Google gobbles Jetpac, maker of social travel apps

By Joseph Mayton, Tech Times | August 17, 8:20 AM

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Jetpac City Guides

Google has acquired the social travel app developer Jetpac. The move should help the search company hone its ability to advance location-based technology.
(Photo : Jetpac)

In what appears to be a move by Google to give better search results for photo-driven searches, it has acquired Jetpac, the developer of social travel apps.

Jetpac has become known for its research into social media, including its app that takes public Instagram data and allows users to learn strange facts about a number of things, including the drunkest city or the happiest one around.

The startup was launched in 2012 as an iPad social travel guide, but since then morphed into something different as it used its research and data-driven concepts to take Instagram's open public data and created its Jetpac City Guides.

According to observers, Google is expected to use the Jetpac team to continue to develop new and better search means surrounding location-based information using photo data. The company recently announced that it is using computer learning and machine learning to give users the ability to search their own photos for a number of items, including foods, flora or pictures of sunsets or mountains.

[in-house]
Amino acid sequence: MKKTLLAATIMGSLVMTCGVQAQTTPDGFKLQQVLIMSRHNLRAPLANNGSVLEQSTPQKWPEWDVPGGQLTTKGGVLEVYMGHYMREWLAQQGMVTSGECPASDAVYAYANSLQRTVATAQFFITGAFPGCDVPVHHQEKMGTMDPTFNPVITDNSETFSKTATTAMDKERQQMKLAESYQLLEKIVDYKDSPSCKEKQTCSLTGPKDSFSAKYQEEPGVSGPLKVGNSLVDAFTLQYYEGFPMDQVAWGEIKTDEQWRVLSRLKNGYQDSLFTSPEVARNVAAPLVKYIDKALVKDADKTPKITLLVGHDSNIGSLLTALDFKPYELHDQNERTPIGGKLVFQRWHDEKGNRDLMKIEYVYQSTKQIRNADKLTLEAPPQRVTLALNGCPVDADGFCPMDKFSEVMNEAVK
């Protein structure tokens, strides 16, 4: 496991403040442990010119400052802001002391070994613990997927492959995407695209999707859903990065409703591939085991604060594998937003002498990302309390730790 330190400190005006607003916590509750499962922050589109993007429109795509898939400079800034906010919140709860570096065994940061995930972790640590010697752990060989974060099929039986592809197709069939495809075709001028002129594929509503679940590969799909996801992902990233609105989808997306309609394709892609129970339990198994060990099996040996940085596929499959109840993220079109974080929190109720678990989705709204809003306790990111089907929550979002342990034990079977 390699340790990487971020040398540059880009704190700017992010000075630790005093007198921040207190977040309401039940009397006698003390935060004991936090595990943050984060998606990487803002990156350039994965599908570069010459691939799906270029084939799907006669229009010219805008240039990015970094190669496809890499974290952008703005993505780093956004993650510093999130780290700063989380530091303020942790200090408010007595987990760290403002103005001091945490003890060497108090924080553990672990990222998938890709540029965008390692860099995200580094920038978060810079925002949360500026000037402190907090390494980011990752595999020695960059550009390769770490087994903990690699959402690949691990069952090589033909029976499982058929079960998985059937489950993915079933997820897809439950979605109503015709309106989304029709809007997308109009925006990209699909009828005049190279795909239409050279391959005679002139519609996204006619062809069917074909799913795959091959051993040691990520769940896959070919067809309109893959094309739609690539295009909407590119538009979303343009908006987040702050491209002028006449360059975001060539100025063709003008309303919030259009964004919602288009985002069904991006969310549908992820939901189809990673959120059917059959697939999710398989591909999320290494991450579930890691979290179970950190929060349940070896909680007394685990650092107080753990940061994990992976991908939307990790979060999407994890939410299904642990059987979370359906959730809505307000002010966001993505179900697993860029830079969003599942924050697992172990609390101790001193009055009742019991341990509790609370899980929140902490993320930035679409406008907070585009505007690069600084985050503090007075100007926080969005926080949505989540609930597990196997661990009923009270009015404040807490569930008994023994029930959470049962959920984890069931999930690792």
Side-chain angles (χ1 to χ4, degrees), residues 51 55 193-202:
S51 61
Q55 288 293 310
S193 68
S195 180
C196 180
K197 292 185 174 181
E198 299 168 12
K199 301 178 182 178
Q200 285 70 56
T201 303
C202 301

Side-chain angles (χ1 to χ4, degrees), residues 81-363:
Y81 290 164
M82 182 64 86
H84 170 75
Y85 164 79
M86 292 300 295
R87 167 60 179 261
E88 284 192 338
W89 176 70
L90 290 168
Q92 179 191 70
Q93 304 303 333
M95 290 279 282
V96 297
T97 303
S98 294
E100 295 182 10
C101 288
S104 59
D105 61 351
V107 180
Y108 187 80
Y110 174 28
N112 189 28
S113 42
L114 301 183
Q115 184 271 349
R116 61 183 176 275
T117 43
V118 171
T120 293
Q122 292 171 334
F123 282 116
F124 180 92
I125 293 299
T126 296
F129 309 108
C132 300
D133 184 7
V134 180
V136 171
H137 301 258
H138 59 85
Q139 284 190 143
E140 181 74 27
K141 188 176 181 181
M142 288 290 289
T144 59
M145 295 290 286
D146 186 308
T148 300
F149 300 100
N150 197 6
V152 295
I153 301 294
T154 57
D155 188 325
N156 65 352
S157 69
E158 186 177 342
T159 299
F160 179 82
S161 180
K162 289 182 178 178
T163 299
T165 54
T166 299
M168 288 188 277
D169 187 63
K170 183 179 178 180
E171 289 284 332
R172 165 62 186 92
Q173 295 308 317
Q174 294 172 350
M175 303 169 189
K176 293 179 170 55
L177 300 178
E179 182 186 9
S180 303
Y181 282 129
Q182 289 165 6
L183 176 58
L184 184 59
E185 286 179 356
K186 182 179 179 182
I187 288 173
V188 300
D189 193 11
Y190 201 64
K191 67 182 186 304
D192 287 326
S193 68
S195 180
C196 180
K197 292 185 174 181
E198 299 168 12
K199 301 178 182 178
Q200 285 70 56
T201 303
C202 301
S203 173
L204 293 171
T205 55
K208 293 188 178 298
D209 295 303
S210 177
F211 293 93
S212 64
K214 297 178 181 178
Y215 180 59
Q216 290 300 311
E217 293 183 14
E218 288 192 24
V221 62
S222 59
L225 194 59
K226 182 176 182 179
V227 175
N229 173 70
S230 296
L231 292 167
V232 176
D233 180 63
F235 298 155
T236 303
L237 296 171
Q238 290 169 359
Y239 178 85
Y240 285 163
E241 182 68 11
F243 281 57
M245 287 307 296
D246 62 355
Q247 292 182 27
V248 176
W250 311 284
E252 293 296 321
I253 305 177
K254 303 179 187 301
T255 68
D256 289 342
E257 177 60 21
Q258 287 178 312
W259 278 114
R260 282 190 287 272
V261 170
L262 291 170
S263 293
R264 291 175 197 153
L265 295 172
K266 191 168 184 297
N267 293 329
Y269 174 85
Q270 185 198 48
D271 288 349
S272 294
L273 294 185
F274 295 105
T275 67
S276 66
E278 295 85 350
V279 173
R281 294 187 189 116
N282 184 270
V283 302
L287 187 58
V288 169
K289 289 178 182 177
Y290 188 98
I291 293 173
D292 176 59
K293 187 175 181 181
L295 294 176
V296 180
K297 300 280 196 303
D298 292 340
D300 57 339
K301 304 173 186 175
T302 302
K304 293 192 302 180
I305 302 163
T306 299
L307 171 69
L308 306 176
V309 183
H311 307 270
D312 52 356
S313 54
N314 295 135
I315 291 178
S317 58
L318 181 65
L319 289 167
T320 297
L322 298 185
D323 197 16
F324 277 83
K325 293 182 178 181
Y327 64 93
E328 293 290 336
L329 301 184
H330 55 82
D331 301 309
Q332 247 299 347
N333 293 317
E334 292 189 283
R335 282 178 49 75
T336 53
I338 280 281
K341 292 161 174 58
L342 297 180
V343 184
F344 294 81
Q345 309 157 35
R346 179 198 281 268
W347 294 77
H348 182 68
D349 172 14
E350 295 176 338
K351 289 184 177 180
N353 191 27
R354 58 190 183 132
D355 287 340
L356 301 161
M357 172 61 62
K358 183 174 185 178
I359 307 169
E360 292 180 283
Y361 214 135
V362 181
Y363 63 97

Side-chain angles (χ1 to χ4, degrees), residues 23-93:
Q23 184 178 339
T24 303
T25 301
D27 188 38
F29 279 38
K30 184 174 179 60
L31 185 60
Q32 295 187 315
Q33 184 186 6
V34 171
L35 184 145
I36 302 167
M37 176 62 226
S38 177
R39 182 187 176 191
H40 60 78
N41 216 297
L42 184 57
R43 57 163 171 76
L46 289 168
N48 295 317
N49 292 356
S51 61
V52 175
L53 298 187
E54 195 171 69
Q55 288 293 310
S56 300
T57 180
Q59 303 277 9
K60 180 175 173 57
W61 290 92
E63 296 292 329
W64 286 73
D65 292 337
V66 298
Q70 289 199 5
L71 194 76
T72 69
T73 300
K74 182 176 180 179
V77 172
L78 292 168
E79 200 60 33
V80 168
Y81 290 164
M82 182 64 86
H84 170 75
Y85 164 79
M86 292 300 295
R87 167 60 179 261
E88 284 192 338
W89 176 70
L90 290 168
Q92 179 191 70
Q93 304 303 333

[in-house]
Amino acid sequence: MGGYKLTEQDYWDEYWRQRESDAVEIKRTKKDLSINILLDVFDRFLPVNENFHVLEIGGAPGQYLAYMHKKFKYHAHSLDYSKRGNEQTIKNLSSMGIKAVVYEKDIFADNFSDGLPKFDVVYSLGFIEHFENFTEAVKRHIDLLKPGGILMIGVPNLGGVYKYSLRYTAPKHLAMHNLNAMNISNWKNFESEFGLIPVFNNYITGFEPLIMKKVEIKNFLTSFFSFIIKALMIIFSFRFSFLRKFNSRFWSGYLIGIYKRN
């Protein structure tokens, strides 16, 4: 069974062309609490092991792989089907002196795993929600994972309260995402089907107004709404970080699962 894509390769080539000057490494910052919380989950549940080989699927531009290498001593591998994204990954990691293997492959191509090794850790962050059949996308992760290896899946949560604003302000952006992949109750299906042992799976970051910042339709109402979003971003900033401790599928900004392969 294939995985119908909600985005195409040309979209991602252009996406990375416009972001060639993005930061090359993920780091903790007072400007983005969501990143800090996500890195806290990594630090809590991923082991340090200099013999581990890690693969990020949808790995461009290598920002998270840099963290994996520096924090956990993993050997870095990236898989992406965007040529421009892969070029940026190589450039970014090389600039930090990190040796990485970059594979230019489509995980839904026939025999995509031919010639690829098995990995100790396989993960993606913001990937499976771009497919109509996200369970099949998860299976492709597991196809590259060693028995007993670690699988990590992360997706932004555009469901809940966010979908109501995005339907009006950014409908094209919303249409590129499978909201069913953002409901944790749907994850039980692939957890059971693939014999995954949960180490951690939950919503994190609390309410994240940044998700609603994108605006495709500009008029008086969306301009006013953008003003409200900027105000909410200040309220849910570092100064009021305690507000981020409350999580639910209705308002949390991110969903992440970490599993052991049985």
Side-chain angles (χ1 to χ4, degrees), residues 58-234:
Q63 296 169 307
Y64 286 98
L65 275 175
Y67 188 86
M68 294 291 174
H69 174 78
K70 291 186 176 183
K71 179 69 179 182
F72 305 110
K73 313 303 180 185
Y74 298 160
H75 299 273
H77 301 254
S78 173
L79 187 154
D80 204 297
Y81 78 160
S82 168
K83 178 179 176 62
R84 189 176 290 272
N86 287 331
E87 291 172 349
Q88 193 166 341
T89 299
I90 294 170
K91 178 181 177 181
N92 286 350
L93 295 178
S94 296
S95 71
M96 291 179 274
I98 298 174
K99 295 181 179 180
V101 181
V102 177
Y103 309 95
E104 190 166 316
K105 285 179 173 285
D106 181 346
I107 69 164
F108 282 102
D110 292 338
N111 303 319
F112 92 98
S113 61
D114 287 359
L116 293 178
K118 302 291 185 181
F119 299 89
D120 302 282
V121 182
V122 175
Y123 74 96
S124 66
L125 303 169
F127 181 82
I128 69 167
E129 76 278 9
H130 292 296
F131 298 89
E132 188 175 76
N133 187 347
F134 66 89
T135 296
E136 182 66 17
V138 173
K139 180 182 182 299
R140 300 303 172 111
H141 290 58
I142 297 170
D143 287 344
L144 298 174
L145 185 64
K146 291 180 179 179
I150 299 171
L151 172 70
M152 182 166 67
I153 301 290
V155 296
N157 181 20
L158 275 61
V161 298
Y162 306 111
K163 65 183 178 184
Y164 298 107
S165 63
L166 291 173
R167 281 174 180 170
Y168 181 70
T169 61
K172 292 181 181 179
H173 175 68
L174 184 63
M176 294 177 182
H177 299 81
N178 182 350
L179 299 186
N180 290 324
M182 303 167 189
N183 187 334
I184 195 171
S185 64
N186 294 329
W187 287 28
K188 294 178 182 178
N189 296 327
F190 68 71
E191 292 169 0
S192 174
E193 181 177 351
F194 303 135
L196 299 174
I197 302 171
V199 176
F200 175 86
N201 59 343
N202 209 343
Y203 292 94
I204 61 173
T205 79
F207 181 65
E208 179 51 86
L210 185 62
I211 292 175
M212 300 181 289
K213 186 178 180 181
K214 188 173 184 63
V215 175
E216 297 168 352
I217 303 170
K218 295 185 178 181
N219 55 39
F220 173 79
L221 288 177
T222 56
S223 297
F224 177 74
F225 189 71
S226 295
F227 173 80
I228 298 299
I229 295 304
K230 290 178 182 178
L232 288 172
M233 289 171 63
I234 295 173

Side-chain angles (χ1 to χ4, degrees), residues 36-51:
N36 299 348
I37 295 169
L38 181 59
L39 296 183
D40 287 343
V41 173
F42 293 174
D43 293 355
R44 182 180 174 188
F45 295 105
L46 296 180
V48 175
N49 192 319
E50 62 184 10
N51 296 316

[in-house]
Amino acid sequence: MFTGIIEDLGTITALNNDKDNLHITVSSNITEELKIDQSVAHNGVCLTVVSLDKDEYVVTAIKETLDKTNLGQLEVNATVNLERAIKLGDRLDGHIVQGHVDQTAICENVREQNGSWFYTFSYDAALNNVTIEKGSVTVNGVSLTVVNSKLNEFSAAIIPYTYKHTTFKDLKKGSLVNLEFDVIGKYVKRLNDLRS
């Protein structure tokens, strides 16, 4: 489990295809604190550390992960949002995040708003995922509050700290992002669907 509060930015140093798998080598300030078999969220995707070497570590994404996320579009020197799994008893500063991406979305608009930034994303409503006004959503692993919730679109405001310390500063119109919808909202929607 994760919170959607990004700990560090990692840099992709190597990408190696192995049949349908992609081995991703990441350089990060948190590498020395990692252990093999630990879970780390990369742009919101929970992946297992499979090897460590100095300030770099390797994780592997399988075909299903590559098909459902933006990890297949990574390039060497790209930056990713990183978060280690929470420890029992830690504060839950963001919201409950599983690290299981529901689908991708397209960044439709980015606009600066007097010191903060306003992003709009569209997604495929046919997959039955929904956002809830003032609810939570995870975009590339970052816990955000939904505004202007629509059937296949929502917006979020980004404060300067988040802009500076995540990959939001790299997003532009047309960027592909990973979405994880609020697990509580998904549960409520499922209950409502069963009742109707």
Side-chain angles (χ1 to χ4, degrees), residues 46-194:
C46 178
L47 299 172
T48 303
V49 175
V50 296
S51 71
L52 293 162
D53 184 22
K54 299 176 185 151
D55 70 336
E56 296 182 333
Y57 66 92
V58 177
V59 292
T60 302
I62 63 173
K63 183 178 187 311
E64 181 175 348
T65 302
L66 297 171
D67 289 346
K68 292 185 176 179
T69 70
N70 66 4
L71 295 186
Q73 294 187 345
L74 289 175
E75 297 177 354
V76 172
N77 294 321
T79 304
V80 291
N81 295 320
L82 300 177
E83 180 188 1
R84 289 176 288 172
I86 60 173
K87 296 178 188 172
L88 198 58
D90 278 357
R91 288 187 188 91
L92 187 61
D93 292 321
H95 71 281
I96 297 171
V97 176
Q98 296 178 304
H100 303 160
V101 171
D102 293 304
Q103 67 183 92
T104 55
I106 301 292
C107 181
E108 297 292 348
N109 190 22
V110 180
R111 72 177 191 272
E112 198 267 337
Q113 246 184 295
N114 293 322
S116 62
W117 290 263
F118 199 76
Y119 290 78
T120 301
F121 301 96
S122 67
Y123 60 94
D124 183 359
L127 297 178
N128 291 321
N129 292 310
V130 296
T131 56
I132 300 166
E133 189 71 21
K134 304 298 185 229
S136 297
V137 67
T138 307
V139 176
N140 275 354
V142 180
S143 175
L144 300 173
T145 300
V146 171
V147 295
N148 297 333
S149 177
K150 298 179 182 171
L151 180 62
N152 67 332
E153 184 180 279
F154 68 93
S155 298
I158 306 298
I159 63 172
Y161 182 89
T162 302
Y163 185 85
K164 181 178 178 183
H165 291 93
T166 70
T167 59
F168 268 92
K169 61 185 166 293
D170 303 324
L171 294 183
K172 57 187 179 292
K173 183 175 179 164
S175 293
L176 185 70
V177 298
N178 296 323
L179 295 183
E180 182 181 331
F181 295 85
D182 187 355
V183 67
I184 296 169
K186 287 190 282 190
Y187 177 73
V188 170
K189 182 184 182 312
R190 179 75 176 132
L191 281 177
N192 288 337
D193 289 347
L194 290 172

It appears to have analysing photos down to a science. "We can spot lipstick, blue sky views, hipster mustaches and more, through advanced image processing on billions of photos," it boasts on its site. It curates those images into Jetpac City Guides, which it calls visual guides to local recommendations "for over 6,000 cities all around the world, from San Francisco to Kathmandu."

The acquisition comes as Google appears to be taking a user-first approach to its many services. DigitalGlobe, a provider of satellite imagery for Google and Google Earth, launched its latest satellite from Vandenberg Air Force Base, the WorldView-3, Tech Times reports.

The launch has many in the tech world excited over the expected high-resolution images from the satellite, along with a number of enhancements for those who love watching the planet from above the surface. It should help continue to develop Google's overall focus on location-based technologies.

The new satellite features the means to capture images at 31-cm resolution. It would be the highest resolution currently available on the commercial market, and has the ability to snap images on a windshield of a car. It is being pushed as being able to take a picture of a license plate.

 

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